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CRE Finance World, Autumn 2013

U.S. Conduit CMBS Update: Credit Metrics Were Stable in Third-Quarter 2013, but Transactions Remain Riskier Year-Over-Year A publication of Autumn issue 2013 sponsored by CRE Finance World Autumn 2013 53 retail locations. The traditional mall model appears to be changing in favor of a more all-encompassing shopping and entertainment experience that includes more sit-down dining options as well as traditional grocery stores and even fitness clubs. Some older malls have seen vacated anchor spaces filled by Targets, Wal-Marts, and Costcos. Industrial demand has been buoyed by e-commerce E-Commerce has been a boon to industrial space demand, as retailers require fulfillment centers in key locations to ensure speedy delivery to their customers. Prologis, the world’s largest industrial property landlord, recently reported via the Financial Times that average warehouse rents climbed 4% year-over-year in second-quarter 2013, marking the second consecutive quarter of growth. One potential risk though is speculative development in certain locations. According to a recent analysis by Cushman & Wakefield, 70% of warehouses currently under construction in Southern California’s Inland Empire do not yet have tenants. B-piece buyers went up to 11 The total estimated par size of 2013 B-pieces is now about $2.4 billion, compared with $2.2 billion last year and $6 billion in 2007, according to Commercial Mortgage Alert data aggregated by Standard & Poor’s. Cerberus Capital Management recently became the 11th B-piece buyer this year, nearly matching the dozen buyers during the peak years and surpassing last year’s eight. Eightfold Real Estate Capital, Rialto Capital Management, and LNR Partners remain the most active buyers, accounting for about 65% of purchases by deal count, although their combined share has fallen from earlier in the year, reflecting a more diverse buyer base (see chart 1). Chart 1 Top Three B-Piece Buyers’ Market Share* Sources: Commercial Mortgage Alert, S&P. Data points are based on month-end figures. Market participants generally associate a higher number of Bpiece buyers with higher credit risk, as more competition lowers buyers’ ability to kick-out potentially weaker assets from a pool. In addition, all else being equal, the more B-piece buyers in the sector, the higher the total issuance capacity, and we’ve found that higher annual issuance is positively correlated to a higher vintage loss rate. That said, annual issuance is still just a fraction of 2007’s $230 billion, and the marginal credit impact from each additional new B-piece buyer is likely small at the current levels. Another important aspect of today’s B-piece market is that participants appear genuinely focused on the potential credit risks they are exposed to for the entire life of the bonds they hold. This contrasts to the last credit cycle when B-piece buyers were offloading much of that risk by bundling securities and selling them in collateralized debt obligations. Lack of investor appetite, scrutiny from credit rating agencies, and new risk-retention rules are likely to limit a repeat of this strategy. Other Trends We’re Watching Lease rollover assumptions and partial IOs highlight limited pro forma underwriting The practice of including upside potential in property-level cash flows and values remains limited, but does still occur, albeit mostly in single borrower deals. In some recent examples, tenants who currently pay below market rents are assumed to re-sign at market levels (or give way to a tenant who will pay market levels) at future lease rollover dates, leading to a higher cash flow assumption. We believe in-place cash flows and sustainable vacancy assumptions are more appropriate for commercial real estate analysis, especially for debt investors, who typically don’t participate directly in property-level upside. Pro forma analysis leaves CMBS investors more vulnerable to adverse performance. Another loan structuring practice associated with pro forma analysis also appears to be making a comeback: the partial IO term. Anticipating rent growth, borrowers and lenders are agreeing to IO periods lasting up to half the loan term. The initial DSC might be moderate, but by the time amortization kicks in, the idea is that the property’s net cash flow will increase to support the higher debt service burden. However, there are many cases of loans with partial IO periods securitized between 2005 and 2007 where the upside rent assumptions didn’t occur (rents and occupancy dropped), leading to defaults.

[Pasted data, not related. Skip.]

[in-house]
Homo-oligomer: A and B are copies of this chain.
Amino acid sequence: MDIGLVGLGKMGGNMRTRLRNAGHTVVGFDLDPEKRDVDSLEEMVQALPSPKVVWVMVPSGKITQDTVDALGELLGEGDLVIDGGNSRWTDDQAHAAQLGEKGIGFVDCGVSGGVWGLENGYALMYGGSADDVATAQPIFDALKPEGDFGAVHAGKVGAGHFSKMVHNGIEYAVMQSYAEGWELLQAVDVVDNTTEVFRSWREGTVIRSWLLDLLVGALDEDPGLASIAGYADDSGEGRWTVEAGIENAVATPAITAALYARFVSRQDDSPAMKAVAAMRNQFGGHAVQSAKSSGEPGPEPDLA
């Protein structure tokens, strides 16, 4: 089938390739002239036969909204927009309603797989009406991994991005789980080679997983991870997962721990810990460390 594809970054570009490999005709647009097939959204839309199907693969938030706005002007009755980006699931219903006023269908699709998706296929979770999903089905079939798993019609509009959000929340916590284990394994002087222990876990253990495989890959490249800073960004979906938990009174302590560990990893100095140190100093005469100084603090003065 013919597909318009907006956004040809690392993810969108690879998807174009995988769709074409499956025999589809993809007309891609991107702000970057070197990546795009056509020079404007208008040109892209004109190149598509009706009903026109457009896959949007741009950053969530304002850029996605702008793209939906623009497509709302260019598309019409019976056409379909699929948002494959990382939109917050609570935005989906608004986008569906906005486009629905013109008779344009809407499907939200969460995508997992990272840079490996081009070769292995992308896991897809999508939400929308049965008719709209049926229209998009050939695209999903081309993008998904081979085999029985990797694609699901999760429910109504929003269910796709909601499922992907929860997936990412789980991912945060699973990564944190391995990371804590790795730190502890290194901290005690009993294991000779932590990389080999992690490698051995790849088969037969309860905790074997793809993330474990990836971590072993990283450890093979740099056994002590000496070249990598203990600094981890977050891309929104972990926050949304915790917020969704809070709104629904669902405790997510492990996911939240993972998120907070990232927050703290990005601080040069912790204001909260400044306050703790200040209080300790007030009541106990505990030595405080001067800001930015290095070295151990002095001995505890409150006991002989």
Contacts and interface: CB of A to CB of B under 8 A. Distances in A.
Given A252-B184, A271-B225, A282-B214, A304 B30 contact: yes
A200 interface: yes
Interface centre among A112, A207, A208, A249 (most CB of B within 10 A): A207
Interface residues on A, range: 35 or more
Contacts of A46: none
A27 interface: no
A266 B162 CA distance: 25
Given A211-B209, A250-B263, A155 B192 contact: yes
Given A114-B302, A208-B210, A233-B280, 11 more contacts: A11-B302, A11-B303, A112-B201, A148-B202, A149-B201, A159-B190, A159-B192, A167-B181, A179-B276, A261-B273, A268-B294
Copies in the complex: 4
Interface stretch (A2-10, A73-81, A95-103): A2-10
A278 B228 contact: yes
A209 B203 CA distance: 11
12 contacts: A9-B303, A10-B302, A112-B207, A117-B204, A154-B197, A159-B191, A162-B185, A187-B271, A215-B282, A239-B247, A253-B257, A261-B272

CRE Finance World, Autumn 2013
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